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M Lister
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I'd be glad if we could discuss a few other topics than the ones that have so far dominated the conversation above. I'll note that I vote for "Declining state support for higher education" as 1, because it seemed to me that many of the other issues followed from this. In particular, I strongly suspect that the bad job market and the over-use of adjuncts are a result,at least to a significant degree, of the decline of state support of higher education. Many of the other problems would at least seem less pressing if this situation was better, I think, though of course it would not solve everything. If this is right, this ought to be the main focus of our energy - to try to increase state support for higher education, rather than have it increasingly privatized, as it has been, even at nominally state institutions. (Of course, this would take political change that is not extremely easy to see happening in the near future, in the US or elsewhere.) In other cases, I was unsure how to rank problems, because I was unsure how they related to each other. So, I ranked the Underrepresentation of ethnic and racial minorities in the profession fairly high (I don't remember the exact number), but might have ranked racism or implicit bias above it if I had any confidence that either one (or both) of those were the reasons for the situation. I'm not sure that they are not, but because I don't feel confident about the causes here, I ranked the problem ahead of potential causes. I'd be very interested to hear from people who have opinions as to the causes. I'd hope those would be helpful in figuring how solutions, though I guess that's not certain. I was surprised to see the "hyper specialization" option come out so high. Does philosophy really seem much more hyper specialized than, say, 20-30, or even 40-50 years ago? It's certainly not obvious to me. I think this is just a confusion or mistake. The one bit of "Prestige bias" I can see is when a job candidate's undergraduate institution is taken into consideration in hiring, as it sometimes (though of course not always, and maybe not even most of the time) is. People's eventual graduate institutions are, of course, influenced by one's undergrad institution too, but one's undergrad institution is so heavily sensitive to non-merit based factors (family wealth and education, location in the country, etc.) that it seems to me to be just nuts to take it into account when at the hiring stage. By that point, things should have washed out, making that an irrelevant factor to consider. I wish it were never considered, though I have some reason to think that it sometimes is. It ought not be.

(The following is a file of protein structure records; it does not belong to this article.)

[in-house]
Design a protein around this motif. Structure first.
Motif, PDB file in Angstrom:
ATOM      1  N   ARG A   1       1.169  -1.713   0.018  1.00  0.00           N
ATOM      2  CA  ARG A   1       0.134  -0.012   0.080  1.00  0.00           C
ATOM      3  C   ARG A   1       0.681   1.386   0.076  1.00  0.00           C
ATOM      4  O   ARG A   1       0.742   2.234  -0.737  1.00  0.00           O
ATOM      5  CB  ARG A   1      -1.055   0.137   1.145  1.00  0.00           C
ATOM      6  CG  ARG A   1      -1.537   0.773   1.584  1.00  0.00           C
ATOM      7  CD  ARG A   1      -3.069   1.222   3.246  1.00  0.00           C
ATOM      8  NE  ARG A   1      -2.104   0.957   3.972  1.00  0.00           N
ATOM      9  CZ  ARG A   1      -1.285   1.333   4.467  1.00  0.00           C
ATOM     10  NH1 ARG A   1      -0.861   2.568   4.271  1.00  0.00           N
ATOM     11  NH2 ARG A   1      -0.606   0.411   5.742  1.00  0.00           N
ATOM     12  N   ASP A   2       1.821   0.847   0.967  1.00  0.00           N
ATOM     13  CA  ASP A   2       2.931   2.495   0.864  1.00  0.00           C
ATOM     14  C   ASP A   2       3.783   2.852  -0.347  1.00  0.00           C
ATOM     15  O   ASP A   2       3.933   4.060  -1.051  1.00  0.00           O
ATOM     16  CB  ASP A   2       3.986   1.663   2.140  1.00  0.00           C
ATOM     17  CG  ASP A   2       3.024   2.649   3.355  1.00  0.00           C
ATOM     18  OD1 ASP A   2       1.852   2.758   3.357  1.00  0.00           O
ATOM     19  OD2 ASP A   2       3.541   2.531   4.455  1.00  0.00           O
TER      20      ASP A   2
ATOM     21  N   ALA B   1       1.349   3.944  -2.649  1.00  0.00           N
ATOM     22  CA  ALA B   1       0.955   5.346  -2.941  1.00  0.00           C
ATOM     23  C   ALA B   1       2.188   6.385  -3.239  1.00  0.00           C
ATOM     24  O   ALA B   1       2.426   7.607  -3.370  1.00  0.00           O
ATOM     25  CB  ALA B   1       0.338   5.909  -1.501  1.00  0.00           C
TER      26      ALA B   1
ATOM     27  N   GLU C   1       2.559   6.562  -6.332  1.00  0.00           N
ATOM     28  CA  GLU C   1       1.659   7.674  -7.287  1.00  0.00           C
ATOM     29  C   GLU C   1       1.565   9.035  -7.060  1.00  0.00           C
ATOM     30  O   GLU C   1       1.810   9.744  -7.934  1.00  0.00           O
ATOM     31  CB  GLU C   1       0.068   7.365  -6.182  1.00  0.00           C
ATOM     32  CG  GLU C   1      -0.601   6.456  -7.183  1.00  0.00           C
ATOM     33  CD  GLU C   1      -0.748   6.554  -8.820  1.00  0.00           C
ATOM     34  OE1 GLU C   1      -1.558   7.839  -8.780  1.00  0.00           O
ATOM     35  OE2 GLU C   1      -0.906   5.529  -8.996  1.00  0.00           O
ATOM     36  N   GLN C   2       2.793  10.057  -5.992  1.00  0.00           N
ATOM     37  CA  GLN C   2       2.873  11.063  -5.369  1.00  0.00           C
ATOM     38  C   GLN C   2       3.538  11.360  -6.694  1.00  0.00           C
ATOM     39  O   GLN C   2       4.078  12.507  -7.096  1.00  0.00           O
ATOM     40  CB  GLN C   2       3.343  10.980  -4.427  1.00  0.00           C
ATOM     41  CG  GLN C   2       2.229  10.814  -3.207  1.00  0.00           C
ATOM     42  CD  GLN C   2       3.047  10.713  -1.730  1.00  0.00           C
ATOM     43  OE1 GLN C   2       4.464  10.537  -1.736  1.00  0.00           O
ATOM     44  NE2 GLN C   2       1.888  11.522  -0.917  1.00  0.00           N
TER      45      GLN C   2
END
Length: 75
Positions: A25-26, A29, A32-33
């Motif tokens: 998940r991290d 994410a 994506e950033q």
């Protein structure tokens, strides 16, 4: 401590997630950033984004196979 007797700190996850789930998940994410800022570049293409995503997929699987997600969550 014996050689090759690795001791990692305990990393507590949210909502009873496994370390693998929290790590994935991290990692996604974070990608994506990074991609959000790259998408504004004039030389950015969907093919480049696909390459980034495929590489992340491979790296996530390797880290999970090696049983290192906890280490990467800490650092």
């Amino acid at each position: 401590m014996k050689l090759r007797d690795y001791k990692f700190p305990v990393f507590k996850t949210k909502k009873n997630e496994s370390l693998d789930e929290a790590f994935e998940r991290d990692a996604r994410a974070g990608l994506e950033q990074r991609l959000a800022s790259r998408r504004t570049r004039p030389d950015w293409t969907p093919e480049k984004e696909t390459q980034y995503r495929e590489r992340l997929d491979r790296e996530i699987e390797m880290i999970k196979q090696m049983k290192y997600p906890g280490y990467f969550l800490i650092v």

This story also notes that the linked post is mostly propaganda, not something to be taken seriously: Again, I don't know if this particular law is a good one or not. But, the article linked in the post here won't tell you (it's either incompetent or dishonest) and really, you need a lot more than econ 101 to figure out any real public policy issue, of course. More advanced studies indicate quite clearly that these issues are often complicated and context dependent.
This may well be a bad idea, but any publication that calls Pioneer Square "gritty" obviously can't be trusted to get basic facts right, and so shouldn't be trusted. (It was a highly yuppiefied area many, many years ago. If it was every "gritty" it stopped being so ages in the past.)
I don't know - wouldn't you be worried that your dog might turn on you?
Toggle Commented Feb 16, 2015 on I must have this at
This is all good advice, which I have followed with profit in the past. The only addition I'd make is that a nice Lambrusco can go well with lots of fast food, too, and is usually fairly inexpensive and refreshing on summer days, too.
Toggle Commented Feb 6, 2015 on Wine with fast food at
Over at the Co-Op blog, Corey Yung gives some reason to doubt that Suk is completely accurate or, maybe, representative here: I thought his post was quite good.
It _is_ an awfully silly, dumb, and disappointing thing to say. But do you think it's really rightly cast as a _lie_? I'm not sure if I think she's confused, merely posturing in some sort of puffery-type way, or something else, but I doubt that it has the right frame of mind to properly count as a lie. It's obviously bad enough without going that far. (When a football coach says some mix of nonsense and bull-shit to his team to rally them up, is he lying to them? I'd tend to say no. This seems in some ways similar, though of course worse because more important.)
I really don't know (I wish I did!) how to tell which administrators are useful and worth having and which are not. But, one thing that always surprises me, when "liberals" (a group to which I belong) discuss the issue and complain about it, is that they are completely unwilling to accept that programs they support - all sorts of student support, programs for the disabled, affirmative action programs of various sorts, and so on - _obviously_ contribute to this, as they are not cost-free and don't run themselves without a budget. Now, maybe they are worth keeping, but they are clearly part of the increased expense. It's a jaw dropping moment when people who are not typically stupid tell me that they think administrative bloat is a huge problem, but that none of the programs they support might be part of that expense. I'll admit that I'm usually trying to bring them to the conclusion that the solution will have to be sought somewhere other than where they think, and won't be easy, but I'm still surprised to see the lack of connections drawn.